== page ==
(BLACKOUT. A SAD ARIA IS HEARD. LIGHTS UP A FEMALE MANNEQUIN UNCLOTHED. EULALIO ENTERS. HE GOES TO A WICKER BASKET AND PULLS OUT SEVERAL ARTICLES OF CLOTHING. HE STARTS DRESSING THE MANNEQUIN.)
You're on the world stage, Rosa. And it's the last act of this comic opera? Ah, who cares? Tiny Rosa trained her voice by singing the dreams she had of music's muses. (HE PUTS A LARGE DARK GREEN WO0LEN SKIRT ON THE MANNEQUIN) And as her body developed, tiny Rosa pursued the masculine ideal... (HE PUTS ON A DARK GREEN SPORTSJACKET FROM THE NINETEEN-FIFTIES) And when she grew up, the soprano was swimming in a sea of doubt (HE PLACES AN OLD FISHERMAN'S CAP ON THE HEAD OF THE MANNEQUIN) She searched, and she doubted (HE PUTS A DARK NARROW POLKA DOT TIE ON IT.) To be a spiritual being. (HE HANGS A BROWN HANDBAG ON ITS ARMS) or a triumphant ape on parade. (HE PUTS RED LIPSTICK ON IT) Upon which road would love appear? (HE PUTS ON A RECORD. A WALTZ BY STRAUSS IS HEARD) Who would have ever thought that in the end your charming prince would be a simple railroad office clerk? The truth is I'm your man. (HIS VOICE QUAVERS) Even though the sweet bird of youth has flown and (BESIDE HIMSELF.) The incombustible Rosa Mayo has found her mate at last. That is all!
(BLACKOUT. A SOFT ARIA BY ROSSINI IS HEARD AS THE LIGHTS COME UP ON EULALIO WANDERING IN THE PARK.)
EULALIO: Nobody! Not a living soul in the park. What's it to me where the rolling stones of the earth lie and dream? As if a retired office clerk weren't a rolling stone, too? (PAUSE.) For that matter, there are no pigeons around either. Whatever made me think that Markos, king of the opera producers, would ever receive the likes of me? What do I know about public relations anyway? Will I be able to intuit which opera would best suit her voice?
(EULALIO COLLAPSES ON A BENCH. HE STUFFS HIS PIPE AND LIGHTS UP. AS HE SMOKES IN A SPOTLIGHT, HE RUMINATES ALOUD, GETTING LOUDER AS HE PROCEEDS.)
Little office clerk. Do you have any idea what you're up to? (HE FROWNS.) I figured as much. You've blown your youth--the best years of your life. Fool!. Whoever told you to fall in love with an extravagant singer? (HE SHRUGS.) Just as I thought! (PAUSE.) The city was full of pretty girls. Any one of them would have made you happy. You had your pick of the lot. A man with a steady job, not all that looking but sentimental. You even had a pretty decent baritone voice. (PAUSE) By now you should have a bunch of grandchildren around you to palliate old age. (A LONGING EXPRESSION ON HIS FACE.) But no. Look at you now. (REMORSEFUL) You're nothing but a dodderer teetering on old bones (WITH A GUILTY EXPRESSION) Imbecile! At your age, wasting your life on a woman who never gave you a second thought. Someone you have never even made love to who always turned her back on you who even resorted to violence to get rid of you (HE SHAKES HIS HEAD) Don't tell me you've forgotten the beating her bodyguards gave you? Why, you still suffer from a dislocated shoulder they left you with. (HE NODS) And the slipped disk. (HE MASSAGES WHERE) You came this close to being smothered to death (NODS HIS HEAD) Haven't you had enough? (HE NODS HIS HEAD) You'd better run then! (SHAKES HIS HEAD) There's still time. Get a move on before it's too late. (SHAKES HIS HEAD) Get rid of her! (HE SHAKES HIS HEAD) Dump her once and for all! (HE SHAKES HIS HEAD) Her days are numbered anyway. She's never done anything for you. Use your head!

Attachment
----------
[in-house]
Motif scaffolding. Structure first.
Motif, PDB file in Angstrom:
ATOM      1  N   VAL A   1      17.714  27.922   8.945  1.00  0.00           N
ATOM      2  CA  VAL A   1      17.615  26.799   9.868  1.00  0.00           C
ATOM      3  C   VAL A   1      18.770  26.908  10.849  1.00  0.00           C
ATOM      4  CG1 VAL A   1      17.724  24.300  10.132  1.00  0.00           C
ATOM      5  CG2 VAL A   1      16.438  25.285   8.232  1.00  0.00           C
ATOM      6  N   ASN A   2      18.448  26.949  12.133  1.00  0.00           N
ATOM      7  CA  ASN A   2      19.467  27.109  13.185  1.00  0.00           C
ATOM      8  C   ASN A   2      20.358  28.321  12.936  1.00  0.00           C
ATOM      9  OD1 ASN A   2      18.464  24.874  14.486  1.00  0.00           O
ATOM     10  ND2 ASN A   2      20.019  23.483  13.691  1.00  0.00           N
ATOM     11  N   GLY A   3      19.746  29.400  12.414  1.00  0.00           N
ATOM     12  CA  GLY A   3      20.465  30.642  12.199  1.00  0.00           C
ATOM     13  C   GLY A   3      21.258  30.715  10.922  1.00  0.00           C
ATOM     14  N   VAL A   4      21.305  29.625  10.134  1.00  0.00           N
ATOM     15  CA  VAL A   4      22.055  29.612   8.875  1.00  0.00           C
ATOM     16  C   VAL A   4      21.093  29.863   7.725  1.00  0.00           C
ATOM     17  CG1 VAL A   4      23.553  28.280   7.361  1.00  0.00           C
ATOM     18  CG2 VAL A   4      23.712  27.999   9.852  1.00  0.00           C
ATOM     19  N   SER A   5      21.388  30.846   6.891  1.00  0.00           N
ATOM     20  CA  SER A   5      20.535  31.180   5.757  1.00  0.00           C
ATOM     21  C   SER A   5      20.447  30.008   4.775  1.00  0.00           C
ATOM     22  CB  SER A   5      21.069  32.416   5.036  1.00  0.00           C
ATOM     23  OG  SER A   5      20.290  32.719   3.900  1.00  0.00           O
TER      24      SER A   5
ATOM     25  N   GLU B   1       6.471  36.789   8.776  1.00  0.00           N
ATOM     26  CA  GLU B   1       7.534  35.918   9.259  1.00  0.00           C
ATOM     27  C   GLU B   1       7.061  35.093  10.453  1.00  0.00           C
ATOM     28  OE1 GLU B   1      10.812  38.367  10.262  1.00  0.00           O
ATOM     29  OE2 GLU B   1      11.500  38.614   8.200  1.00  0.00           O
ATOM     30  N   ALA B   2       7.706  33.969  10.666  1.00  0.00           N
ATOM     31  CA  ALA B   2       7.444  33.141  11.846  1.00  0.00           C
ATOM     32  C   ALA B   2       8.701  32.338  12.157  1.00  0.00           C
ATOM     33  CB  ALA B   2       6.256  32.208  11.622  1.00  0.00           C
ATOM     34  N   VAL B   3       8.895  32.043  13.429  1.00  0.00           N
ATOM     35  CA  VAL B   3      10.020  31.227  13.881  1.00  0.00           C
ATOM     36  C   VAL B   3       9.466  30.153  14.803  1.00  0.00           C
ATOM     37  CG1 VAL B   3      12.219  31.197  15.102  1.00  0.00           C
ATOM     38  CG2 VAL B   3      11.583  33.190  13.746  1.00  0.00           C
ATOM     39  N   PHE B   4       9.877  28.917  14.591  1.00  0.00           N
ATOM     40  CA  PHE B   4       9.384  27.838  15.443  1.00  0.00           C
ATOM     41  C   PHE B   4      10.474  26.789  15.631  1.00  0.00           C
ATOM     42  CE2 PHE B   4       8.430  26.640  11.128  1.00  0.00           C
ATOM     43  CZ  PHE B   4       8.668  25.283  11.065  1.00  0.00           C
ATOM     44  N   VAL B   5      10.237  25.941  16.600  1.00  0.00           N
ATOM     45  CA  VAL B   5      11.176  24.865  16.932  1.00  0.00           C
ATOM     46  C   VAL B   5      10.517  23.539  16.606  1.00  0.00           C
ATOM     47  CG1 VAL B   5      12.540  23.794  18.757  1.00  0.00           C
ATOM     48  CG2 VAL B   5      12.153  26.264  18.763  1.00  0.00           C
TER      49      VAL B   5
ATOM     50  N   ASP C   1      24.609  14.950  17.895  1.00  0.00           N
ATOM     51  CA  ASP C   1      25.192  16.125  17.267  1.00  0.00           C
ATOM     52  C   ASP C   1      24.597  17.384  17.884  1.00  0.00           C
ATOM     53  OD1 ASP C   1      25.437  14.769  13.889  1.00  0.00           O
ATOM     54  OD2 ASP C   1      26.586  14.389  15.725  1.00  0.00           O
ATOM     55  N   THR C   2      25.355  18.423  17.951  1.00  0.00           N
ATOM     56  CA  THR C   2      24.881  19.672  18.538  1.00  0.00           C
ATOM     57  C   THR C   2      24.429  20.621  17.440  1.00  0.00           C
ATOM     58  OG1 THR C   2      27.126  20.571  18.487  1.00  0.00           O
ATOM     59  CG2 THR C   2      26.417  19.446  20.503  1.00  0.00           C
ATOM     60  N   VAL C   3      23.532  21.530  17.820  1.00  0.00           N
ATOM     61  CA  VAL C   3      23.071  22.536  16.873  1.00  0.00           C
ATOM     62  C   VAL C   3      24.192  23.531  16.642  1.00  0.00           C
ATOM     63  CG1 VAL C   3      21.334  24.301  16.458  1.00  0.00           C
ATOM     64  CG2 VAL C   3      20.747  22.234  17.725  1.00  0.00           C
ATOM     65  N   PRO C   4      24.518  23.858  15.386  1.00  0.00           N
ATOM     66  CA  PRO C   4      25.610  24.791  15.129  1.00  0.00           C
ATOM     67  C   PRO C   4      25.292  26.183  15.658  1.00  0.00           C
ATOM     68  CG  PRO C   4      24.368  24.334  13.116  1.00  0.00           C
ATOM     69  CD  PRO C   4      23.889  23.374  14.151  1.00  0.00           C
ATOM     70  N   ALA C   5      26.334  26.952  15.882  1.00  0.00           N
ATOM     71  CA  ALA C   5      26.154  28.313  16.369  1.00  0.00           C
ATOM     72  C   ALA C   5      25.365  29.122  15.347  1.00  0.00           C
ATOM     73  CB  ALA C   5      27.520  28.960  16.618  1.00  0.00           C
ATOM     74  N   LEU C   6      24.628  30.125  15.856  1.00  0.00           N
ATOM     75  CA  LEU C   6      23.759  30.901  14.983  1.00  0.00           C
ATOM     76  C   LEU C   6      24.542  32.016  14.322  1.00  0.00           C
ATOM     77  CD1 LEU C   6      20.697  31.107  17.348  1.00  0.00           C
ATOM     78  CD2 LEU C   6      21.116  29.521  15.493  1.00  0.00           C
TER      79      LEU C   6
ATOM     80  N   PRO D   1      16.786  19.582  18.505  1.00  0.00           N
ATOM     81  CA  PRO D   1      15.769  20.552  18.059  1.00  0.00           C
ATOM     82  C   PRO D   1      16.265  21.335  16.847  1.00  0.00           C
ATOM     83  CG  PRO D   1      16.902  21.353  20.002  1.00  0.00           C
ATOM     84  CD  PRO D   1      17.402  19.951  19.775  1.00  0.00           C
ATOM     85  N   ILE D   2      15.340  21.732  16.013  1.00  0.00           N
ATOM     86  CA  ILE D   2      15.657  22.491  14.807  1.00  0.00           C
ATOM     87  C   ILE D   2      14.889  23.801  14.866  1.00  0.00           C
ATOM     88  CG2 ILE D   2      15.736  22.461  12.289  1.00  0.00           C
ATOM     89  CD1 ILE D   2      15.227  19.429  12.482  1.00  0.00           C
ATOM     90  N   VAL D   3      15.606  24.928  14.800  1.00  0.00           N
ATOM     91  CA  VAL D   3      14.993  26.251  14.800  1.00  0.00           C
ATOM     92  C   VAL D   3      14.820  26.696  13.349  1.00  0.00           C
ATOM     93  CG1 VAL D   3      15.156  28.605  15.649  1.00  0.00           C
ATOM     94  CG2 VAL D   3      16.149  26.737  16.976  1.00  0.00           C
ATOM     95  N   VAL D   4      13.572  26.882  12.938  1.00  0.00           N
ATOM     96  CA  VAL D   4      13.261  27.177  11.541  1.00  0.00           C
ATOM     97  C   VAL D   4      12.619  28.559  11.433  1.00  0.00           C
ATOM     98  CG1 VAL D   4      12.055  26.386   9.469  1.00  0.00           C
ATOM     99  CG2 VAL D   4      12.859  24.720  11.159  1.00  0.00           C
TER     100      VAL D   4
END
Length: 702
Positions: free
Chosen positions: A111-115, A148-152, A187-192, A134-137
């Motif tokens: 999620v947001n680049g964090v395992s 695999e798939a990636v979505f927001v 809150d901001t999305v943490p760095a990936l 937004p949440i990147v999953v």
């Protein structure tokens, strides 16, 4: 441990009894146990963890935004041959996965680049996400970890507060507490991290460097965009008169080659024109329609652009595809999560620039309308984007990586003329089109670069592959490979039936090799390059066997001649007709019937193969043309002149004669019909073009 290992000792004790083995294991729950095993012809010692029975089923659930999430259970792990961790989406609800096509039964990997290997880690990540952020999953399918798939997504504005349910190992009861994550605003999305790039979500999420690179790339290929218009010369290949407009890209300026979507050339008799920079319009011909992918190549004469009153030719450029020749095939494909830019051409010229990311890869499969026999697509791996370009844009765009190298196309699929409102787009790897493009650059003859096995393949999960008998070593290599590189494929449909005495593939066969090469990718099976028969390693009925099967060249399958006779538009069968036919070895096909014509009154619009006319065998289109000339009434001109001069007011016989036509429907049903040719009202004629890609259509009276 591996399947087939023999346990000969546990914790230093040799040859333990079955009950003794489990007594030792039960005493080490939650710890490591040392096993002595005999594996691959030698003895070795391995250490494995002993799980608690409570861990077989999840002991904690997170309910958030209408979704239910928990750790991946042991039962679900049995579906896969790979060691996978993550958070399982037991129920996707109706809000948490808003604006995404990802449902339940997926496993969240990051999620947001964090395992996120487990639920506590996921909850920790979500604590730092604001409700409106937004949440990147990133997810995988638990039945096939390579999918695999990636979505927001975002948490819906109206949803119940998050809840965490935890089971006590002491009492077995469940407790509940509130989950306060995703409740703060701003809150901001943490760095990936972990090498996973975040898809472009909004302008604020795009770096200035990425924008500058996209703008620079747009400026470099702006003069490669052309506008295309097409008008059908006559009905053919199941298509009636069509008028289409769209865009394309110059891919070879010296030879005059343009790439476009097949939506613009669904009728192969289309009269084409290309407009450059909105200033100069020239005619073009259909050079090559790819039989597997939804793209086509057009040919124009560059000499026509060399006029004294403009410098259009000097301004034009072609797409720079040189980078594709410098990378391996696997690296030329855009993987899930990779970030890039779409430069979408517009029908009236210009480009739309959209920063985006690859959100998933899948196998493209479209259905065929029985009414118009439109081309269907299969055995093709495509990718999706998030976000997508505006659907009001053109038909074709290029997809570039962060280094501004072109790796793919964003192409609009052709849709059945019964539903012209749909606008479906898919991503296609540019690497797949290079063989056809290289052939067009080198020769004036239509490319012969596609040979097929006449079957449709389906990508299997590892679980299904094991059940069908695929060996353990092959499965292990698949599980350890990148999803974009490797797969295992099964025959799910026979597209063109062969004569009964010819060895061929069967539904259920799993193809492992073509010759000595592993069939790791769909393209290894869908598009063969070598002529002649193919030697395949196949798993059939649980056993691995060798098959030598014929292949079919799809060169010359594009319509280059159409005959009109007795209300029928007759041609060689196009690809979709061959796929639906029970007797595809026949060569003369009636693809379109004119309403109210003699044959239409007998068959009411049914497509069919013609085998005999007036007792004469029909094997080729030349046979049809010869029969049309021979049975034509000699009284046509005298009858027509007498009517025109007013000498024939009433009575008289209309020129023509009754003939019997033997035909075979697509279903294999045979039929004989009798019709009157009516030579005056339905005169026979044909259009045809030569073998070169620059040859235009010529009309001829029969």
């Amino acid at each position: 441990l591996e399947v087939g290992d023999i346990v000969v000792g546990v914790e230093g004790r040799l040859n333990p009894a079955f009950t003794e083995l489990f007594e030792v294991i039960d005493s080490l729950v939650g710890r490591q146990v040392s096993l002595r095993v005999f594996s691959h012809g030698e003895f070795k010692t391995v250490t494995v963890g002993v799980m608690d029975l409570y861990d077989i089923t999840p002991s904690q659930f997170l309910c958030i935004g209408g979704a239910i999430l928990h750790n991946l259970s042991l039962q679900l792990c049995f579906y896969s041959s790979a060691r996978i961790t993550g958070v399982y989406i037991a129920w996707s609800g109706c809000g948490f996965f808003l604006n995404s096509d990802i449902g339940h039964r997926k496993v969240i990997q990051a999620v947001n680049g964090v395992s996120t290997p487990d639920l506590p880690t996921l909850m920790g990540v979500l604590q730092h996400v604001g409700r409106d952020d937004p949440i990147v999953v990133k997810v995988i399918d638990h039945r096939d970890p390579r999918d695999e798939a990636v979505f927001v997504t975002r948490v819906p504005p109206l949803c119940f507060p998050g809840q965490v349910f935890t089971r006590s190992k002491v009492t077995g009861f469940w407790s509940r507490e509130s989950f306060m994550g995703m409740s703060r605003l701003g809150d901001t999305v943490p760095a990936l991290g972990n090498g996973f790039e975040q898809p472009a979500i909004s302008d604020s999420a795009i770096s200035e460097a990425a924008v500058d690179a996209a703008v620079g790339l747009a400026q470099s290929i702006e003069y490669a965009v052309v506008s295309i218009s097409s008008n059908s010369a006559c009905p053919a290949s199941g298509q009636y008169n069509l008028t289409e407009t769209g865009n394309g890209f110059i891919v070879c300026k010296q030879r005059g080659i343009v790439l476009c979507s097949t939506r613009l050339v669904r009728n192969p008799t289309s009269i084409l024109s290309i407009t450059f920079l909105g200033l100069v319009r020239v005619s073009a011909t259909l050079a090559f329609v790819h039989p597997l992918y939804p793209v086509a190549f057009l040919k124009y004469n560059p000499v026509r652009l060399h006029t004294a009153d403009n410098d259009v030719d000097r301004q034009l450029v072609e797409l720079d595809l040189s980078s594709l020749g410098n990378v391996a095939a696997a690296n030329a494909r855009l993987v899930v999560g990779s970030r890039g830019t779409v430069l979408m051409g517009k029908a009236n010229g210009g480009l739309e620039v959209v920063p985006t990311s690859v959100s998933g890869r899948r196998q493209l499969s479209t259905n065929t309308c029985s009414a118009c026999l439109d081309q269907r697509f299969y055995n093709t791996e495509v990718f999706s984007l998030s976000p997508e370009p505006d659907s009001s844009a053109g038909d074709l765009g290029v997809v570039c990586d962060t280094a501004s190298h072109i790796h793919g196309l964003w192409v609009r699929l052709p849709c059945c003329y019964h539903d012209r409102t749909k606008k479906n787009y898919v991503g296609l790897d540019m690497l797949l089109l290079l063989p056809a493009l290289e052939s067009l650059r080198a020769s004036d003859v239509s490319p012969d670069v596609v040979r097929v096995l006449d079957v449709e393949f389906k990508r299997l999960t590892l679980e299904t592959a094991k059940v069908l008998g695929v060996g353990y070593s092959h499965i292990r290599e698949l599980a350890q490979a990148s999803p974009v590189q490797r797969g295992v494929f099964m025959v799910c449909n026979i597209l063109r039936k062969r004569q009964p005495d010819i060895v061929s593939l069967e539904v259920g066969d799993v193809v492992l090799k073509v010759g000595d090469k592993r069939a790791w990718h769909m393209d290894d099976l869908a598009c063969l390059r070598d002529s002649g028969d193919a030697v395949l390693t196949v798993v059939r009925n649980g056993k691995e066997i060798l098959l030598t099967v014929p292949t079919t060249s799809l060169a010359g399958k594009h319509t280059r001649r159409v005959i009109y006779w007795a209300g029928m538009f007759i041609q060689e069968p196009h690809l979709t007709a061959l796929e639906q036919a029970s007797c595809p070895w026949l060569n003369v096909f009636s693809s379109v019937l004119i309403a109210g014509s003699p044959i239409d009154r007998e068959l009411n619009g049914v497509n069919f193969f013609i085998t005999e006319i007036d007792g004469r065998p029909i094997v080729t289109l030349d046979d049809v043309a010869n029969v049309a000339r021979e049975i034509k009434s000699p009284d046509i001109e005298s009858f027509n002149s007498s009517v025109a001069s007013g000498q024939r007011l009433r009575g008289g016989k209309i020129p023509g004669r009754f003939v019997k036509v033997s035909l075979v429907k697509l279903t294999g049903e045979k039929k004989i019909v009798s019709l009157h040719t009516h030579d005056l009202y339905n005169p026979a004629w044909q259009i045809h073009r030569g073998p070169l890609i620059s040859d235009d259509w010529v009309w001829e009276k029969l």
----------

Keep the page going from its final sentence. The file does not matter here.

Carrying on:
(EULALIO COMES OUT OF HIS REVERIE AS THE LIGHT INTENSITY INCREASES. HE DIPS HIS HAND IN THE BAG OF RICE AND RISES)
Here pigey-pigeons...Come and get it...Come to papa.
(LIGHTS UP ON A MANNEQUIN DRESSED IN BOHEMIAN FASHION. THE MANNEQUIN HAS A PEN AND A WRITING PAD. BESIDE HIM IS A STACK OF PAPERS HE HAS ALREADY SCRIBBLED ON.)
Pigey-pigeons. (HE GLANCES AT THE BOHEMIAN-MANNEQUIN) Have no fear little pigeons. Papa is here with his rice. (ANOTHER GLANCE AT THE BOHEMIAN-MANNEQUIN) Not a single pigeon! Where did they all go? (TO THE BOHEMIAN-MANNEQUIN.) Could it be that predators have invaded the area? No. Just for breathing the whole world is at fault. (HE SITS BESIDE THE MANNEQUIN.) Do I bother you? (SILENCE) Perhaps the sight of a grown man in tears would disturb your concentration. (PAUSE) I am going to cry, you know. A rather depressing spectacle, I'm afraid. (PAUSE) Oh, but of course I understand, believe me. A man my age should know how to contain his emotions. Only I'm going to pieces. (PAUSE) Would you mind if an unfortunate soul sheds a few tears? (PAUSE) Thank you. That is very kind of you, sir. What would the world be like without generous beings like yourself, who allow others to weep? No! I won't say another word. (PAUSE) Perhaps if I interrupt my sentiments, maybe then the tears won't come. (HE GLANCES AT THE MANNEQUIN) You don't suppose I'll flood the park, do you? (PAUSE) Can you swim? (PAUSE) In that case. You'd better get a move on, because any minute now this here park's going to be one big torrent. (HE STUDIES THE MANNEQUIN) what are you staring at? Do you want me to prove it? Who do you think you are anyway? What right have you got to demand anything from me? (PAUSE.) Oh! Now. Oh, yes, here it comes!